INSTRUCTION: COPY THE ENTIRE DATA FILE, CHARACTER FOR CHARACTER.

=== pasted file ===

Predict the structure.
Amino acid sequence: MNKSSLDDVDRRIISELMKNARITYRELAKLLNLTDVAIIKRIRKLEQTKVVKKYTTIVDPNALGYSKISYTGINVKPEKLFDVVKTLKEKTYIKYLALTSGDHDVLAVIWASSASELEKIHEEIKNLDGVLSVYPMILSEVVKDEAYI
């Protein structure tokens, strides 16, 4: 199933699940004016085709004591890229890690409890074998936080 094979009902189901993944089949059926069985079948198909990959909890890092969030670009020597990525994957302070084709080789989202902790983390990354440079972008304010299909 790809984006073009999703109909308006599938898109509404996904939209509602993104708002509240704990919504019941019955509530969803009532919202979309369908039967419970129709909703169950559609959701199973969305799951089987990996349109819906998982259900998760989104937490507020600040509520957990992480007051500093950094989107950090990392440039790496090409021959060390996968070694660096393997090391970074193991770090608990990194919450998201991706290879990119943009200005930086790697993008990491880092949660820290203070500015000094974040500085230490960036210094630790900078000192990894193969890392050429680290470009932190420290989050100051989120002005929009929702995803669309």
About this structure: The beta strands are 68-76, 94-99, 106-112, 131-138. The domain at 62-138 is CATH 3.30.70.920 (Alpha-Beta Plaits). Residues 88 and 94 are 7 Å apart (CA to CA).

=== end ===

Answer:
Predict the structure.
Amino acid sequence: MNKSSLDDVDRRIISELMKNARITYRELAKLLNLTDVAIIKRIRKLEQTKVVKKYTTIVDPNALGYSKISYTGINVKPEKLFDVVKTLKEKTYIKYLALTSGDHDVLAVIWASSASELEKIHEEIKNLDGVLSVYPMILSEVVKDEAYI
């Protein structure tokens, strides 16, 4: 199933699940004016085709004591890229890690409890074998936080 094979009902189901993944089949059926069985079948198909990959909890890092969030670009020597990525994957302070084709080789989202902790983390990354440079972008304010299909 790809984006073009999703109909308006599938898109509404996904939209509602993104708002509240704990919504019941019955509530969803009532919202979309369908039967419970129709909703169950559609959701199973969305799951089987990996349109819906998982259900998760989104937490507020600040509520957990992480007051500093950094989107950090990392440039790496090409021959060390996968070694660096393997090391970074193991770090608990990194919450998201991706290879990119943009200005930086790697993008990491880092949660820290203070500015000094974040500085230490960036210094630790900078000192990894193969890392050429680290470009932190420290989050100051989120002005929009929702995803669309």
About this structure: The beta strands are 68-76, 94-99, 106-112, 131-138. The domain at 62-138 is CATH 3.30.70.920 (Alpha-Beta Plaits). Residues 88 and 94 are 7 Å apart (CA to CA).